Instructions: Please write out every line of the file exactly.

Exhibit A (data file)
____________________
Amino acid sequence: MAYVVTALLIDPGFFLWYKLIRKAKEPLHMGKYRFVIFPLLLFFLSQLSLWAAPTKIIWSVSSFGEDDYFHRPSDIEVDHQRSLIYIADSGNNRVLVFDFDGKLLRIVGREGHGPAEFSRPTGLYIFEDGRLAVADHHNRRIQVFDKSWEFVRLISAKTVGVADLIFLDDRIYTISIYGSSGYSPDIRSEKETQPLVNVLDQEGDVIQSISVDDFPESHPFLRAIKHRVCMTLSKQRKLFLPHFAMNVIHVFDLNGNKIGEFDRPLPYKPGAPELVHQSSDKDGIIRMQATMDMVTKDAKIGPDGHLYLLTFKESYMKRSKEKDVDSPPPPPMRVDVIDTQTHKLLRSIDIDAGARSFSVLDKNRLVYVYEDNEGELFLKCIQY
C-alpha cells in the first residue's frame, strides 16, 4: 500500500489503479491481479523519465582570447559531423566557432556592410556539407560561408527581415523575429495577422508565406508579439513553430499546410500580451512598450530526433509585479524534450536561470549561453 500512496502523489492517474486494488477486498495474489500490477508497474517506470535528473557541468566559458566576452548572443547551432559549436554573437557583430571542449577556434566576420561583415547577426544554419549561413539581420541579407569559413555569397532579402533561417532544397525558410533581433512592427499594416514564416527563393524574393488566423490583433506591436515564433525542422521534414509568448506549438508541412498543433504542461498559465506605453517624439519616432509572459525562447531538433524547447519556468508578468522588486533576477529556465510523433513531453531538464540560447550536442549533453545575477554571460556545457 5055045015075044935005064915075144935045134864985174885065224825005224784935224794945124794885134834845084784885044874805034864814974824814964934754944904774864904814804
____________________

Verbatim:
Amino acid sequence: MAYVVTALLIDPGFFLWYKLIRKAKEPLHMGKYRFVIFPLLLFFLSQLSLWAAPTKIIWSVSSFGEDDYFHRPSDIEVDHQRSLIYIADSGNNRVLVFDFDGKLLRIVGREGHGPAEFSRPTGLYIFEDGRLAVADHHNRRIQVFDKSWEFVRLISAKTVGVADLIFLDDRIYTISIYGSSGYSPDIRSEKETQPLVNVLDQEGDVIQSISVDDFPESHPFLRAIKHRVCMTLSKQRKLFLPHFAMNVIHVFDLNGNKIGEFDRPLPYKPGAPELVHQSSDKDGIIRMQATMDMVTKDAKIGPDGHLYLLTFKESYMKRSKEKDVDSPPPPPMRVDVIDTQTHKLLRSIDIDAGARSFSVLDKNRLVYVYEDNEGELFLKCIQY
C-alpha cells in the first residue's frame, strides 16, 4: 500500500489503479491481479523519465582570447559531423566557432556592410556539407560561408527581415523575429495577422508565406508579439513553430499546410500580451512598450530526433509585479524534450536561470549561453 500512496502523489492517474486494488477486498495474489500490477508497474517506470535528473557541468566559458566576452548572443547551432559549436554573437557583430571542449577556434566576420561583415547577426544554419549561413539581420541579407569559413555569397532579402533561417532544397525558410533581433512592427499594416514564416527563393524574393488566423490583433506591436515564433525542422521534414509568448506549438508541412498543433504542461498559465506605453517624439519616432509572459525562447531538433524547447519556468508578468522588486533576477529556465510523433513531453531538464540560447550536442549533453545575477554571460556545457 5055045015075044935005064915075144935045134864985174885065224825005224784935224794945124794885134834845084784885044874805034864814974824814964934754944904774864904814804